I did not want a too detailed map since I wanted a lot of light to show through without being obscured.

Step 3: Dragons in the House...

A sigil is the symbol of the House or family. There are many royal lines or families that are vying for power in the Game of Thrones. This one is the sigil for House Targaryen which uses a three-headed dragon as the main design element. Like there are different crests for the different Houses in Harry Potter, which Game of Thrones House do you belong or which you are loyal to?

I printed out a sigil design and glued that on to a sheet of black cardstock which is able to block light.

I used a regular pair of scissors to cut most of it and a thread snipping scissor to cut the details.

Apply a thin layer of glue to the cutout and apply in position on the back of the map. It will display as a silhouette when lit up from behind and appear hidden with no lights. A spray adhesive might work better so that the glue does not bleed through and stain the front surface.

Step 4: Razzle Dazzle...

I still have the LED strips wired up from the Neopixel Light Up Fire and Ice Wings instructable. I wired it up to an Adafruit Circuit Playground Classic board. I also added another pair of Neopixel strands to provide the lights behind the sigil.

The map lights up with a flame effect and the sigil appears backlit with flames. It turns all red and then some white sparkles. Fire. It all goes dark. It turns blue with sparkles. Ice. And goes dark again...

Arduino code here:

https://gist.github.com/caitlinsdad/6d1858feeaf9fb...

Since the Circuit Playground has a few onboard sensors built in, you can expand the programming to make the map light up if you wave your hand next to it or maybe make a loud sound.

To diffuse the Neopixel strands, I used fiberfill batting in sheet form which is usually used for a quilting layer or padding.

I spread out the Neopixel strips and taped them down to keep them in position. Since all the strips are driven by the same code, offsetting the strips a bit lends to the randomness of the light of the flames. Doing this physically instead of in code allows us to skip the additional matrix computations necessary and not slow down the micro controller with limited memory.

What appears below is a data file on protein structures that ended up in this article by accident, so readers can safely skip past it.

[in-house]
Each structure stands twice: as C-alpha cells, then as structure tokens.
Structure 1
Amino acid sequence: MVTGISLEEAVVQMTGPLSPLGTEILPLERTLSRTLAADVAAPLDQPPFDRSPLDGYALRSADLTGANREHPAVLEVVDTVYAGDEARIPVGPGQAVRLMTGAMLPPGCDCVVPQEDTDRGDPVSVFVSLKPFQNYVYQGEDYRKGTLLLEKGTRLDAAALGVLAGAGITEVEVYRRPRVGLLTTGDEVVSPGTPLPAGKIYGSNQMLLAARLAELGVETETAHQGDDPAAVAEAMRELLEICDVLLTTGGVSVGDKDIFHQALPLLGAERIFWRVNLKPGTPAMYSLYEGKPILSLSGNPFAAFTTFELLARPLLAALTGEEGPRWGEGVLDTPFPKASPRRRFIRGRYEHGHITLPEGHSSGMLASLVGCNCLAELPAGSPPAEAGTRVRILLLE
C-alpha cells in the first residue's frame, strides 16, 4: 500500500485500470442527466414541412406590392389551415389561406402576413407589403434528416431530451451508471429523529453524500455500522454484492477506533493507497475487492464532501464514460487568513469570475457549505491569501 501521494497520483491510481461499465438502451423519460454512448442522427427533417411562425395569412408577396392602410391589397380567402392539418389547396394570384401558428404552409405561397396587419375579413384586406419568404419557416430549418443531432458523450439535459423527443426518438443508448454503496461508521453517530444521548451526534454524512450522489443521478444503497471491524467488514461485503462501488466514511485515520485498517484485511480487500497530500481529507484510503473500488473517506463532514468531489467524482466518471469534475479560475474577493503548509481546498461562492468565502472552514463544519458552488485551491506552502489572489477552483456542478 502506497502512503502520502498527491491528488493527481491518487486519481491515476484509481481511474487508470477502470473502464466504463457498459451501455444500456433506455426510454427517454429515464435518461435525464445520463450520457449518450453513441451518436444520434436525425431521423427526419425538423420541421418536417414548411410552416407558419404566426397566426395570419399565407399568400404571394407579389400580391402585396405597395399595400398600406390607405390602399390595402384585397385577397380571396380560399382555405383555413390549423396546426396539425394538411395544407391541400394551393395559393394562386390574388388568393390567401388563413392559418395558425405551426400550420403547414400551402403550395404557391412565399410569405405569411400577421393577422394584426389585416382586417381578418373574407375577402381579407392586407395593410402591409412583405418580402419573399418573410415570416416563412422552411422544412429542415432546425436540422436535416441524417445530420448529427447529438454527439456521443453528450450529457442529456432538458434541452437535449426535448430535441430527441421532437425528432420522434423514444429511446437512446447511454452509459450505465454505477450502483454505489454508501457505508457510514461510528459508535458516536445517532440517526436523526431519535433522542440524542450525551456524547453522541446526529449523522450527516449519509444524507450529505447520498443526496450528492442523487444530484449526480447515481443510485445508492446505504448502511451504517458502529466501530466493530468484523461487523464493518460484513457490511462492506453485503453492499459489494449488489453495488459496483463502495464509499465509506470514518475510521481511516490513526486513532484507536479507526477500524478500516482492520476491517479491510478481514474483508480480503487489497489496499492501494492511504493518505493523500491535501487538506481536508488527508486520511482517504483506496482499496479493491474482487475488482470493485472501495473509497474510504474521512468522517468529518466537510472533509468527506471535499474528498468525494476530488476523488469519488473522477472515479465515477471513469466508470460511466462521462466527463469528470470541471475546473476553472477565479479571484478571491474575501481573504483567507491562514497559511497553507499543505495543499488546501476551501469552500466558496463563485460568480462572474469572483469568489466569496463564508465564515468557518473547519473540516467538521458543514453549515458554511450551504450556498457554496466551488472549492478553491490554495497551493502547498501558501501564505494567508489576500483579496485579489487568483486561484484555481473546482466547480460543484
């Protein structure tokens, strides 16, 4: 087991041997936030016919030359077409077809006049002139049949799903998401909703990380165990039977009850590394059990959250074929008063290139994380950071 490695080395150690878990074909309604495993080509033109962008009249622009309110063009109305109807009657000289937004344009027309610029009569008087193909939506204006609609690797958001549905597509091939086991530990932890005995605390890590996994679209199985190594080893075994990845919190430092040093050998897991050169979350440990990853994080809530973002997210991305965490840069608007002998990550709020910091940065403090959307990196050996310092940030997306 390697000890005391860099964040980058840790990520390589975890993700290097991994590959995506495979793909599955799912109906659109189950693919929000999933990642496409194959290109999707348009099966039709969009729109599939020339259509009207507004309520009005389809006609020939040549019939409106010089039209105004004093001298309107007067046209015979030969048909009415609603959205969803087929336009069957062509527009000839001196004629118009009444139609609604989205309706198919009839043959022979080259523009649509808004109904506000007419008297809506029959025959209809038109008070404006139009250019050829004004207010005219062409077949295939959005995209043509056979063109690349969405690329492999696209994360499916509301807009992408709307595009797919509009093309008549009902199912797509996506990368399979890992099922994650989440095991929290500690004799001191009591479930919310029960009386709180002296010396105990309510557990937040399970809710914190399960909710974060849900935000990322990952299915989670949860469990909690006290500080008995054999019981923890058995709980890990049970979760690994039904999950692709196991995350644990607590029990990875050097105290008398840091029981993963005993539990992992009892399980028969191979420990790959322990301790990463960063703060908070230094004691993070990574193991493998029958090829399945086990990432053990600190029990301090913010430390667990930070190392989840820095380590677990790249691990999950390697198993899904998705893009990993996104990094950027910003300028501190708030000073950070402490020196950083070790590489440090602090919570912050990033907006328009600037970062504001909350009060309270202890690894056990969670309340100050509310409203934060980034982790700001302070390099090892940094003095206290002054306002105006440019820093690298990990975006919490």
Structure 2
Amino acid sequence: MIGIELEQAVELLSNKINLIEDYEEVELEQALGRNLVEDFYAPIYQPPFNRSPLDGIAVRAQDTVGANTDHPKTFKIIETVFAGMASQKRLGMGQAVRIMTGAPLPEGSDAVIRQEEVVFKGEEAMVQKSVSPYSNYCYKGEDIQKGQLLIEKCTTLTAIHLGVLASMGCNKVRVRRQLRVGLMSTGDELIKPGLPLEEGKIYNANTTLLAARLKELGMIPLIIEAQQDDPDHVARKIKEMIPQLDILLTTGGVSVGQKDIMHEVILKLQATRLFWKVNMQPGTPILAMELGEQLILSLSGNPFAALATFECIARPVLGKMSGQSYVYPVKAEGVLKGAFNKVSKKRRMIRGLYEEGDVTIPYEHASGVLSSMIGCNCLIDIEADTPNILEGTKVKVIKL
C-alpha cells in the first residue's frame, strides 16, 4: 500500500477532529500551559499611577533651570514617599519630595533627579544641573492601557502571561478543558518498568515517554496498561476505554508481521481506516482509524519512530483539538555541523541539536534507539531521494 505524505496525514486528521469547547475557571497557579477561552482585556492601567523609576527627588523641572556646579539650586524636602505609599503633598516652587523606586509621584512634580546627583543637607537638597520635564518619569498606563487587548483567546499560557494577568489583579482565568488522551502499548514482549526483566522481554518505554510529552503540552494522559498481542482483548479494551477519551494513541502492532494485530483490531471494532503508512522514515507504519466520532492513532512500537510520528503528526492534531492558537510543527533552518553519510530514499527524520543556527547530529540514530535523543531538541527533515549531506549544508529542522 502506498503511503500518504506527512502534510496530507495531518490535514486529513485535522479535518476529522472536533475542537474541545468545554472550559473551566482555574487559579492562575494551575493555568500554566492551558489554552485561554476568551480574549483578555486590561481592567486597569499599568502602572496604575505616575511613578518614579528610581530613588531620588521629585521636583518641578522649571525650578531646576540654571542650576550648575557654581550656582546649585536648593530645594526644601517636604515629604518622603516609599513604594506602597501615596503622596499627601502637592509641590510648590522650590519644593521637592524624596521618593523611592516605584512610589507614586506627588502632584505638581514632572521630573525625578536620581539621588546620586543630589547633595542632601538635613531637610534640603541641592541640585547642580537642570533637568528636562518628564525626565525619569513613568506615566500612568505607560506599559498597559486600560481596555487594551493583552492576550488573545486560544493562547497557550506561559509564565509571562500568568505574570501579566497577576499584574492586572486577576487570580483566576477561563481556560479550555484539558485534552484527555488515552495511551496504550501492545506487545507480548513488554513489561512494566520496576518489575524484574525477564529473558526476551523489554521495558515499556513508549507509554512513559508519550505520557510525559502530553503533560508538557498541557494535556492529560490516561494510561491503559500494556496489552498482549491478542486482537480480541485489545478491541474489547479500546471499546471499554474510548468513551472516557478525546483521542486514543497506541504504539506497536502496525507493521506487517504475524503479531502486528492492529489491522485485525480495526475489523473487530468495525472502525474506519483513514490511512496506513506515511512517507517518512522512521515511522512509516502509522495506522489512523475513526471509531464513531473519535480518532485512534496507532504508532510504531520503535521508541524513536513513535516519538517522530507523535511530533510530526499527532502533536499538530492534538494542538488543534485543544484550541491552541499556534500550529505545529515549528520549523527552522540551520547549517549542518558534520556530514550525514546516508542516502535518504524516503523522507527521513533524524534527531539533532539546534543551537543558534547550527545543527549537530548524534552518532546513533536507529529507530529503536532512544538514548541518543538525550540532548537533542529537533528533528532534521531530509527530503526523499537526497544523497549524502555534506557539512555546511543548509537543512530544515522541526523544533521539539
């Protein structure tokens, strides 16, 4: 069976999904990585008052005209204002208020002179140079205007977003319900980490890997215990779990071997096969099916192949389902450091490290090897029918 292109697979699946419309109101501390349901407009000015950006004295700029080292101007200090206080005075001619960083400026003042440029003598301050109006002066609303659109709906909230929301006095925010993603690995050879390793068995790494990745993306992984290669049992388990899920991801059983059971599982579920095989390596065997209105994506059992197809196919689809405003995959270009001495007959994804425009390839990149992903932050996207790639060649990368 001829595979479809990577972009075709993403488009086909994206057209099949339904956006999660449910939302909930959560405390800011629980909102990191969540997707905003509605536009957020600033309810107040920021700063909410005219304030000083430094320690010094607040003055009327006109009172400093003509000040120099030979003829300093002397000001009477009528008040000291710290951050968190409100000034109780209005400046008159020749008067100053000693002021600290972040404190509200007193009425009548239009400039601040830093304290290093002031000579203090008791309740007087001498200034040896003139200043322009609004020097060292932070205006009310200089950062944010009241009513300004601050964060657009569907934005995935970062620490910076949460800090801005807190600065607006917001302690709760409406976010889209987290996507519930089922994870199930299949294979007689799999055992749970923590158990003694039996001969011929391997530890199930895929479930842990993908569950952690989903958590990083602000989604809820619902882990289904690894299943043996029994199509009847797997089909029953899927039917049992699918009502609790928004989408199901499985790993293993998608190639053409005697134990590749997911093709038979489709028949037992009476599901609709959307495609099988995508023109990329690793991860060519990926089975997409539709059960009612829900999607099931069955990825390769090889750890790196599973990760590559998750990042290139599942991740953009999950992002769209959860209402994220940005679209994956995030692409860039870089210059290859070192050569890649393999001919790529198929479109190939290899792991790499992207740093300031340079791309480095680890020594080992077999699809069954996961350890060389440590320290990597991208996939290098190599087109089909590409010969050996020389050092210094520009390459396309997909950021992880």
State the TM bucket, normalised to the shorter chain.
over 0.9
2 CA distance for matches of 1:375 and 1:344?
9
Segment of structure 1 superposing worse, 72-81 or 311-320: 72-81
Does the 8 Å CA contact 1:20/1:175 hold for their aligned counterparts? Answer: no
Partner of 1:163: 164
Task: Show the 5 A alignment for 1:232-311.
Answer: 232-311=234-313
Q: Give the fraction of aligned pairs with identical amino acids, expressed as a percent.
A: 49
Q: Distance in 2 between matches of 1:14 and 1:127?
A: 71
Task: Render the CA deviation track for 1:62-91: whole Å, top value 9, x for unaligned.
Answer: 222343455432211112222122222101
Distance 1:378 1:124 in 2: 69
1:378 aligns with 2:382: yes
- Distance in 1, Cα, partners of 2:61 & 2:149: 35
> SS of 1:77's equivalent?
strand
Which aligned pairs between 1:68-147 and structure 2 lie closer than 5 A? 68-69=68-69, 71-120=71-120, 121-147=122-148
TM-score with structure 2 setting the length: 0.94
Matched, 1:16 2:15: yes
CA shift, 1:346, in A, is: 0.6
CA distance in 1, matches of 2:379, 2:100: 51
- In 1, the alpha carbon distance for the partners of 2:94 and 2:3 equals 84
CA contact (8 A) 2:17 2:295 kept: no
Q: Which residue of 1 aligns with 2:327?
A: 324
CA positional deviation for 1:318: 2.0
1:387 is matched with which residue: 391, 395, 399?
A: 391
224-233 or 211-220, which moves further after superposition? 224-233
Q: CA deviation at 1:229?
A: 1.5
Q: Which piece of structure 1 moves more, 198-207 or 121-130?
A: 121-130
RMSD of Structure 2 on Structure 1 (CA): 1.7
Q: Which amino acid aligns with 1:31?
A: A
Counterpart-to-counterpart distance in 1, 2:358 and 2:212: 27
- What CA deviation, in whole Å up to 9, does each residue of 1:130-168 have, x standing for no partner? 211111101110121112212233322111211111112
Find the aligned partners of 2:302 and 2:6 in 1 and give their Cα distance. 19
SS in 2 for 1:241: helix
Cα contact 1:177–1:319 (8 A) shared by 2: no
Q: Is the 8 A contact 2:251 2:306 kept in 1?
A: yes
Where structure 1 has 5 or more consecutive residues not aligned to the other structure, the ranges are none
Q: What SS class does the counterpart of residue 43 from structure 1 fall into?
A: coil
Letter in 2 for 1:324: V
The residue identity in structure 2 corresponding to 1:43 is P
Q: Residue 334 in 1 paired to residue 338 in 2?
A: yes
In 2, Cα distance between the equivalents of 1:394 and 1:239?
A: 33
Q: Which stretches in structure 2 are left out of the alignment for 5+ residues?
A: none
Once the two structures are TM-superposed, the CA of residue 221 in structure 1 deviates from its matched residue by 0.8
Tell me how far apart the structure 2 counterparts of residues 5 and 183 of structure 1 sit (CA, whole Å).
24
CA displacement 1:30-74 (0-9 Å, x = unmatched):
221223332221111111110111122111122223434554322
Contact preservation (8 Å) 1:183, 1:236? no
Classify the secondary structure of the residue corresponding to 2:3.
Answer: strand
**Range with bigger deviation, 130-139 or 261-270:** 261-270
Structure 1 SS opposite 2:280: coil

I also took the opportunity to wire in an on/off switch in the + power line to the neopixel harness with the 8 strips. When the entire wired setup gets energized for the first time, the neopixels can draw a lot of power. What this means is when you are powering it through the USB cable to your computer. It may trip the "fuse" on the USB line causing the board to reset or lock up, in turn dropping the USB connection if you are trying to program it using the arduino IDE. The neopixels are disconnected when the board is getting programmed. After uploading the sketch, the USB cable is disconnected. I turn the neopixels switch back on and connect an external power supply to the USB connector to run the sketch and neopixels. The battery pack I have hardwired to the board(JST wires had ripped out with heavy batteries dangling about) will power the board and a small number of neopixels fine but I used a phone charger USB power adapter knowing this setup requires a lot more power.

I glued together a cardboard panel large enough to be the back and sandwich everything in so the map could be hung on a wall or propped upright. You don't even have to have a full backer piece if you like the light to bleed out of the sides when displayed.

So go and make a map of the known kingdom, Winterfell, King's Landing city center or the Ponderosa.

Enjoy!

Arduino Contest 2019

Participated in the
Arduino Contest 2019